It was critical that we exposed the variables for the ramps so that designers could tweak the values based on their track designs. In the end, the racers' physics changed several times over the course of the project from the software development side. In each case, designers would alter these ramp values (velocity, speed, etc.). I was responsible for swapping out ramps as they changed, and adjusting their values in the "Shroom Shire" track.

Additionally, I helped research and prototype other game features and tools such as:

  • Tunnel systems that prevented the player from descending to the terrain below the sky track jumps

  • Terrain-based tunnels in an effort to minimize the burden on our art teams

  • Cinematic rails that could be used to play fly throughs before the player begins each map

  • Because I had prior experience using spline systems for our tracks on Snowpainters, I assisted the leads in order to get them acclimated to the spline tool, what it could be used for, and the pros and cons of using splines for our project.

_Design & Implementation

Map Design

In the early stages of the project, I co-designed the "Shroom Shire" map. We planned our design on a whiteboard and then whiteboxed a track in inside of Unreal.


I placed some of the spline track and modified several ramps while my team mates placed other parts of the track and sculpted the terrain. I placed the initial trees and mushrooms in the scene to differentiate spaces and begin to block sightlines. I was also responsible for placing the initial art cards surrounding the level.

Most of the fences we placed were part of a spline system; I initially suggested using this spline system while working with the Snowpainters team. I suggested the spline system again on this project; I shared a complete wiki that I built for the Snowpainters team with the Hex Rally Racers team, and gave them the same risk analysis sheet I created for the Snowpainters team. 


In some cases where the fences did not look correct in size, shape, or angle with the spline tool, I removed the mesh from the spline segment and hand placed and resized a fence mesh in its place that looked more naturalOnce the landscape was in a semi-final form, I went around the entire "Shroom Shire" map and made sure that the bottom of every fence was perfectly lying on the terrain in a natural way. Sometimes this involved lowering a spline point and other times this involved re-sculpting tiny parts of the terrain -- a task I became skilled at while working on the tracks for Snowpainters.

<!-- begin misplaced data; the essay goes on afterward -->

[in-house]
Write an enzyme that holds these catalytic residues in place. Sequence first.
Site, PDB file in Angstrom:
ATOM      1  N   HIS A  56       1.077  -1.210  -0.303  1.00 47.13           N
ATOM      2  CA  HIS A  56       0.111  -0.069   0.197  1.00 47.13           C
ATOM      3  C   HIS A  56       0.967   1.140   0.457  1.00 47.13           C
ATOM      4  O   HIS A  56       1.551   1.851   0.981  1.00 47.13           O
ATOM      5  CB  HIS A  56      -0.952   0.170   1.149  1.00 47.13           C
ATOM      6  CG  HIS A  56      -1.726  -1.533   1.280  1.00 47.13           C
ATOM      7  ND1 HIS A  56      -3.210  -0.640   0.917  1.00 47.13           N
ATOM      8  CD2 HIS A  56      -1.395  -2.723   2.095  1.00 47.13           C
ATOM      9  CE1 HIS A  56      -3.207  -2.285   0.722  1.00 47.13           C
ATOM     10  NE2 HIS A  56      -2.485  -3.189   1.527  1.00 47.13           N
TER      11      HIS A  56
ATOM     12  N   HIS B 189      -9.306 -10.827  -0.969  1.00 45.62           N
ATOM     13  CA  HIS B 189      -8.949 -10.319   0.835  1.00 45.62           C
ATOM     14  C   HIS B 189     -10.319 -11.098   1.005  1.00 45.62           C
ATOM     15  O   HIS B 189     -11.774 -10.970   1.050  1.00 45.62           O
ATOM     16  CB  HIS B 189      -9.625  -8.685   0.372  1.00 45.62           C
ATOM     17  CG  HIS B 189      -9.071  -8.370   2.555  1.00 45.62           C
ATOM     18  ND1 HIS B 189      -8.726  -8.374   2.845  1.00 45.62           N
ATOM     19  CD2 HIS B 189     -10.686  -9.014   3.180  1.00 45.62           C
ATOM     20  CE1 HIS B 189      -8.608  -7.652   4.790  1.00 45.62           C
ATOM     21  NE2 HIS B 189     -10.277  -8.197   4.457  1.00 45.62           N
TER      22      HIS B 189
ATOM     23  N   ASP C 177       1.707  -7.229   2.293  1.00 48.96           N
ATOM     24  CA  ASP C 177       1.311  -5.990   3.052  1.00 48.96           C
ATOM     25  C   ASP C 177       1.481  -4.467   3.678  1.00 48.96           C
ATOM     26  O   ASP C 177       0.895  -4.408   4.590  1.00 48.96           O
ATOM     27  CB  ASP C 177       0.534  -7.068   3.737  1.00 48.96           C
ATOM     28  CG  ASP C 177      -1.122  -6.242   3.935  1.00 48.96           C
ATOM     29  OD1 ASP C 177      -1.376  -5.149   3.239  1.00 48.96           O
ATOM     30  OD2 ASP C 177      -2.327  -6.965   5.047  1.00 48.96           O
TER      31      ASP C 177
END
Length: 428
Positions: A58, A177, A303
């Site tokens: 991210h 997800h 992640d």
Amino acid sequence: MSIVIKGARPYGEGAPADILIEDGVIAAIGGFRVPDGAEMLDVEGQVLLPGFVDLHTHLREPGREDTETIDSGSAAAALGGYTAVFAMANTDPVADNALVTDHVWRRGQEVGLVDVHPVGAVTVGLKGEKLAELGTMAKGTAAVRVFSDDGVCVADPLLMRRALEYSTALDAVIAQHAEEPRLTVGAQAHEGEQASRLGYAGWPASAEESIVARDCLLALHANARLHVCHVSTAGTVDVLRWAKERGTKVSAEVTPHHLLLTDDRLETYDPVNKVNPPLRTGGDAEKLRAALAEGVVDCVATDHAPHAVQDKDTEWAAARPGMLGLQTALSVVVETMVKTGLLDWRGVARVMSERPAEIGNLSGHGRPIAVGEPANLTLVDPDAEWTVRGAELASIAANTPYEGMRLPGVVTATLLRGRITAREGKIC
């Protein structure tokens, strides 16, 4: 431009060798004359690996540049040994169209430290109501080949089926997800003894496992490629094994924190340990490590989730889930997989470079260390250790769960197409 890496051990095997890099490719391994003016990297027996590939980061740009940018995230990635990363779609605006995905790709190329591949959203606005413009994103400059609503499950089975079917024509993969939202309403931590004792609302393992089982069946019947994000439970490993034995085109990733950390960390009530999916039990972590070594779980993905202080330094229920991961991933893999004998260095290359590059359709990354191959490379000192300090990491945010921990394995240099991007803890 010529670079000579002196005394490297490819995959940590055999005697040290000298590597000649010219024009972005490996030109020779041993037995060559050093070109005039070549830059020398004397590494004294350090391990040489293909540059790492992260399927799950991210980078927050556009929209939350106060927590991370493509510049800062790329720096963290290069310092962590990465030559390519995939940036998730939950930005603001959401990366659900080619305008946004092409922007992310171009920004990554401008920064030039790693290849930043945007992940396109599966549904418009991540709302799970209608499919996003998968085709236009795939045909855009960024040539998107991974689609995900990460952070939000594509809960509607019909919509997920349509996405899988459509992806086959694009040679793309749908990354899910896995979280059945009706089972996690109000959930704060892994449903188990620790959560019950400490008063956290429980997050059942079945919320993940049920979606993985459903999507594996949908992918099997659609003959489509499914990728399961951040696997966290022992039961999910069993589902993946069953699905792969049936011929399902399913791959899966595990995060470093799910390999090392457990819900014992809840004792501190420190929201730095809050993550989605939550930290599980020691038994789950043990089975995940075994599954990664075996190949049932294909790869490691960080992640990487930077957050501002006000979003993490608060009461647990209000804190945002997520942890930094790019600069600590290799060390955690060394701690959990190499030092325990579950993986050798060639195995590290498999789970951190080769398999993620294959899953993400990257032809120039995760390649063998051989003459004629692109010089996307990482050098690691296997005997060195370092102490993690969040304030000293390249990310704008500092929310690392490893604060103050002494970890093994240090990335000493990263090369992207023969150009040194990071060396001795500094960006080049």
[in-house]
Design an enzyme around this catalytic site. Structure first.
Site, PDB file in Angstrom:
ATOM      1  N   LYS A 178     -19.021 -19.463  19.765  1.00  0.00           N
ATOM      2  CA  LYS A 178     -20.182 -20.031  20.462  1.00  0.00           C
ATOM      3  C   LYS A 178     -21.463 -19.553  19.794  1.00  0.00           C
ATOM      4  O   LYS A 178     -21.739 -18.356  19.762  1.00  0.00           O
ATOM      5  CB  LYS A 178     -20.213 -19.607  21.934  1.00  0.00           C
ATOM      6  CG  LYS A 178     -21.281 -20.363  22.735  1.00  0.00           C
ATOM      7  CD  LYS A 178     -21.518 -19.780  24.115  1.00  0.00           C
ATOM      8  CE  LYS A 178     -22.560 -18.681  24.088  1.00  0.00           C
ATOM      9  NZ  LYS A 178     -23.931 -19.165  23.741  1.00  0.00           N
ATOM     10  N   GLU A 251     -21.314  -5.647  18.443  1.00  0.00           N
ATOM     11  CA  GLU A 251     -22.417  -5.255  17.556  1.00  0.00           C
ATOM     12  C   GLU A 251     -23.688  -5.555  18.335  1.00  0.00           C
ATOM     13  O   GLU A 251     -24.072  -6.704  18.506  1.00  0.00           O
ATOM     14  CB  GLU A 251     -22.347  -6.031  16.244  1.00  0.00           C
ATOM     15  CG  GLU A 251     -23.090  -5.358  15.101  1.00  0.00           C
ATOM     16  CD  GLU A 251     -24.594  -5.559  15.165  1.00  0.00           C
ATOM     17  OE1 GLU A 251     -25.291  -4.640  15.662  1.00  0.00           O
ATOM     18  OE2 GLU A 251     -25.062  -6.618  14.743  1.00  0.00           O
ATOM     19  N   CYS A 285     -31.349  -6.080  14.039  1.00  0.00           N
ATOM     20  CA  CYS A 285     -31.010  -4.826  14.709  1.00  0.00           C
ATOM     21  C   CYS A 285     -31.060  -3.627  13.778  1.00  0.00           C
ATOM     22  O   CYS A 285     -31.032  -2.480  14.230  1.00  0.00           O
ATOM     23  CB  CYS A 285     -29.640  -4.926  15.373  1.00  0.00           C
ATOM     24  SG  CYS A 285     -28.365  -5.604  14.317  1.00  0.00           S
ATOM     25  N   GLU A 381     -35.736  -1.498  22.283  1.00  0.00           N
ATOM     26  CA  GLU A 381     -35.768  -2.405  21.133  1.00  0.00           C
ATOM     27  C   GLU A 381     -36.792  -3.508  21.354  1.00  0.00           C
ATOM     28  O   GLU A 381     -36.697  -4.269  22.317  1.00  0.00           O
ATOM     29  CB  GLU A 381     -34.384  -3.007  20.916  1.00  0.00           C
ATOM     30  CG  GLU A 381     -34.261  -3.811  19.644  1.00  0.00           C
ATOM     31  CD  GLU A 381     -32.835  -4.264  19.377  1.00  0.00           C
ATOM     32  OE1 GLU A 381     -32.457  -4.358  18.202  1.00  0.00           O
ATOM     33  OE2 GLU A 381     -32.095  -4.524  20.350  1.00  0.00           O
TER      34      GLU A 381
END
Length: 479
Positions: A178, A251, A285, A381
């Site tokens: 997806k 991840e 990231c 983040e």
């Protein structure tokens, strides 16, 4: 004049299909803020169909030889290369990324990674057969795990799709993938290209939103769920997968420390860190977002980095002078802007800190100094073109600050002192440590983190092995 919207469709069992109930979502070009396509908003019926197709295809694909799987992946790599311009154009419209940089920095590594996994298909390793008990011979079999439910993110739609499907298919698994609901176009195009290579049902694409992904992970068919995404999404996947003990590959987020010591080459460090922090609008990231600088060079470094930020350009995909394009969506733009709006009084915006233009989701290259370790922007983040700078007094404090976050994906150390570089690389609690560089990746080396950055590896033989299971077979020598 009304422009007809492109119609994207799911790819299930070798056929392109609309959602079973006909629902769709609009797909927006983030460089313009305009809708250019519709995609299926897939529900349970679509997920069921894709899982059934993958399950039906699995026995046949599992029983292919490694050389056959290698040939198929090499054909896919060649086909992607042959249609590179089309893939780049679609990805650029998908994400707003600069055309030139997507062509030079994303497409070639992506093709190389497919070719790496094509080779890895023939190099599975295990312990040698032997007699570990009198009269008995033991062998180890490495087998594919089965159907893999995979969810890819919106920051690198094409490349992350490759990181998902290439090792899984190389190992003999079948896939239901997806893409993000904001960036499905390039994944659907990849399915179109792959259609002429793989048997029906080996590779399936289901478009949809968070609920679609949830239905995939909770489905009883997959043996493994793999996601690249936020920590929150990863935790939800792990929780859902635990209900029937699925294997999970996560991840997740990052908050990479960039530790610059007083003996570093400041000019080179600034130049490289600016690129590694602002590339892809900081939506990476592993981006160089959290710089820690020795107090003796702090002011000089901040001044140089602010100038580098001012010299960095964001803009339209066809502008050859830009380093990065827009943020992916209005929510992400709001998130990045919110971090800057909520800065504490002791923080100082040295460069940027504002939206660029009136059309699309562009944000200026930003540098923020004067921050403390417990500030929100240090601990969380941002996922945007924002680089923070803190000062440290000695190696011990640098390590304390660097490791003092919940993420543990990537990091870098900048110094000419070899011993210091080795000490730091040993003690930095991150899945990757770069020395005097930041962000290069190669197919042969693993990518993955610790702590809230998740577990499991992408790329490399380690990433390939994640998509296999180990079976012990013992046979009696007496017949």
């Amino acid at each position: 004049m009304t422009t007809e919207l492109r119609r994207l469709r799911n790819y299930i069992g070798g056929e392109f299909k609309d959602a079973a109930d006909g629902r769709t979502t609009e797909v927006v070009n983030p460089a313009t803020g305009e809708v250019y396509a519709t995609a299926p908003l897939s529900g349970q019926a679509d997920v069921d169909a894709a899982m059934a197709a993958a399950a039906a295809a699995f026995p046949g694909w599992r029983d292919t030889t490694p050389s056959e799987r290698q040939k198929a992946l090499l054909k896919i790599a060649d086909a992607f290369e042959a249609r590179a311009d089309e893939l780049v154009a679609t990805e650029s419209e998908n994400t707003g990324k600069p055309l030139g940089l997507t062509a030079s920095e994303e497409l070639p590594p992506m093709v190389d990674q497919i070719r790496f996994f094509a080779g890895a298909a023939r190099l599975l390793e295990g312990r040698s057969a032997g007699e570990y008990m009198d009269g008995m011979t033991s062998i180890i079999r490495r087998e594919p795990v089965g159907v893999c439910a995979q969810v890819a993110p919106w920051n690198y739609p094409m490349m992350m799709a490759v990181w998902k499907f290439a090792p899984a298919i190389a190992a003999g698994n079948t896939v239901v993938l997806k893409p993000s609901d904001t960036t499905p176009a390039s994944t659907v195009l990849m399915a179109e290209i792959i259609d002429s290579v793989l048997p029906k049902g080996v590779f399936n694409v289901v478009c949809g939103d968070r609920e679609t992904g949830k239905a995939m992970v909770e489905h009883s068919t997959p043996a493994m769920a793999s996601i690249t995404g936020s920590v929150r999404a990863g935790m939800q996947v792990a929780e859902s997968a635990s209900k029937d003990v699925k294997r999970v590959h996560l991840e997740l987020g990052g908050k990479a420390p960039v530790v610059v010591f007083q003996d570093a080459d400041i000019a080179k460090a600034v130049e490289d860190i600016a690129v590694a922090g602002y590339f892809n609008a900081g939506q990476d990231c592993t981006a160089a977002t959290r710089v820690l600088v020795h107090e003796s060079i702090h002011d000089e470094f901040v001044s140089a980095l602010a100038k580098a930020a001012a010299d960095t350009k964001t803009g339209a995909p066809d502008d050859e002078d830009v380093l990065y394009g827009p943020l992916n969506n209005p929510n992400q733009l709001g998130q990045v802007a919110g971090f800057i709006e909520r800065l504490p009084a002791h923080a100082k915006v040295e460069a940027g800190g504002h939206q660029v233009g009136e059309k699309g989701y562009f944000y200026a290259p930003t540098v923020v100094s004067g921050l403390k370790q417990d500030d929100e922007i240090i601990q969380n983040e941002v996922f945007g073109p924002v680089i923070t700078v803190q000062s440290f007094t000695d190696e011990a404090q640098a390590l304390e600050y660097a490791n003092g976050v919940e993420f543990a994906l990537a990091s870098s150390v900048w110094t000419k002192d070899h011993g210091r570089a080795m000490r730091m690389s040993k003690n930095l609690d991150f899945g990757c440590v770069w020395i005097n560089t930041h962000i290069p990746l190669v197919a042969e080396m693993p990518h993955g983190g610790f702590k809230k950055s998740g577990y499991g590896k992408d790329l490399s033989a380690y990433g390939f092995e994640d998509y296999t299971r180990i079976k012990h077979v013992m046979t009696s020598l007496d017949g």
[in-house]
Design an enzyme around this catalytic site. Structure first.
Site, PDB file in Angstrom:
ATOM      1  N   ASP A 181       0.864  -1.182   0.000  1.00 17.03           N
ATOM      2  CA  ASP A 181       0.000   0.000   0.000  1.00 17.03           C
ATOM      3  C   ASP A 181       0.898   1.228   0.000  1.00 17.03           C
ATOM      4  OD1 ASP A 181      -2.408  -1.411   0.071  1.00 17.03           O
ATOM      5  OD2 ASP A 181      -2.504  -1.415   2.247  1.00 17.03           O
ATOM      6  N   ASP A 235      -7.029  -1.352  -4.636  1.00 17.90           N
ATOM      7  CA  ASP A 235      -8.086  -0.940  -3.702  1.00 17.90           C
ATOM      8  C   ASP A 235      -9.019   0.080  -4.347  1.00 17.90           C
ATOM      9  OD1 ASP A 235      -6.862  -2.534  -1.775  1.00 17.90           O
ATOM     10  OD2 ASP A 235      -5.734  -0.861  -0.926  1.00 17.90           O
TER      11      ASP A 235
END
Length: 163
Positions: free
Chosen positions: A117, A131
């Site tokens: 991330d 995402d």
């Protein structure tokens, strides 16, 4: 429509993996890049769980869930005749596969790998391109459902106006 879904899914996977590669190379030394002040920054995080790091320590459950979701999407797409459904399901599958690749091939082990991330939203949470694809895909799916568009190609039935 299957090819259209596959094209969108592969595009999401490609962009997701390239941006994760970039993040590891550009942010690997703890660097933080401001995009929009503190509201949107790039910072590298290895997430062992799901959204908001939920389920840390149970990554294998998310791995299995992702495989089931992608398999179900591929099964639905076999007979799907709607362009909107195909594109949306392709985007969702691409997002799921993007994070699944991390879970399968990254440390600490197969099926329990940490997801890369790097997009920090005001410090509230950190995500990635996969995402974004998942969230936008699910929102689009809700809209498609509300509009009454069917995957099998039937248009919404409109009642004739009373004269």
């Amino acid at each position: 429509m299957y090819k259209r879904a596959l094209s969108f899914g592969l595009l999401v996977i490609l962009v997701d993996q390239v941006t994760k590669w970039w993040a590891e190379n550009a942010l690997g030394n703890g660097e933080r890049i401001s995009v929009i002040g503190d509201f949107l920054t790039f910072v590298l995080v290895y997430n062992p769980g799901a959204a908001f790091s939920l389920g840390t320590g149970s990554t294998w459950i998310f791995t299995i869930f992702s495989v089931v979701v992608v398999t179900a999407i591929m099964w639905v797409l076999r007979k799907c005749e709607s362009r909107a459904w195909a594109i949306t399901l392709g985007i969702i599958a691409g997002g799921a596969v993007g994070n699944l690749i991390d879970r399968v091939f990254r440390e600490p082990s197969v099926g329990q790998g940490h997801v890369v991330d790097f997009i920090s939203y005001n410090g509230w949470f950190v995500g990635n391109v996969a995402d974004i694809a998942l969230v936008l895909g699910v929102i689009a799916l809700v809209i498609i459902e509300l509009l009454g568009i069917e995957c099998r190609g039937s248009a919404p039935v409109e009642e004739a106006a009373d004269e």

Later in the project, I assisted the team by modifying the terrain to look more natural while also solving other gameplay concerns. At the start of the map, we faced two problems in the alpha version of our game: First, the player could fly off the track and into later parts of the track. Secondly, the player could see out across the entire map which tanked performance. I created a raised edge on the terrain which blocked the player's sightlines and kept the player to the right of the track during this area. If the player jumped over the raised edge on accident, a kill volume respawned them back into the track via a checkpoint system we implemented.

_Bulletproofing Levels

Bulletproofing Levels

In the last stretch of production, I was asked to be heavily involved on the quality assurance team; it was a good role for me given my knack for breaking games, attention to detail, and my experience as Lead QA on The Mysterious Misadventures of Molly and Mordecai team. Since I had spent most of my map implementation time in "Shroom Shire," I was fairly confident about that map's quality and decided to focus most of my time on other maps; regardless, by the end of the project, I had checked all 6 maps thoroughly for bugs and I reported a ton of feedback/suggestions for improvements. 

In many cases, I was able to identify and fix many reported issues myself in the engine (i.e., blocking volumes, kill volumes, floating objects, missing asset collision, repainting terrain and foliage, etc.). In rarer cases, I'd report the bug to Jira for the art, programming, or other teams to address. In all of my reports, I always tried to include annotated images or video clips.

On several occasions, I would watch others playtest the game, and I'd create Jira reports as I saw things or I'd take notes and put those reports in after their playtest. On other occasions, I'd playtest the game and call out issues as I was playing and have several other folks in the room report the bugs in Jira. I worked closely with one of the producers in order to have an effective quality assurance team with effective results.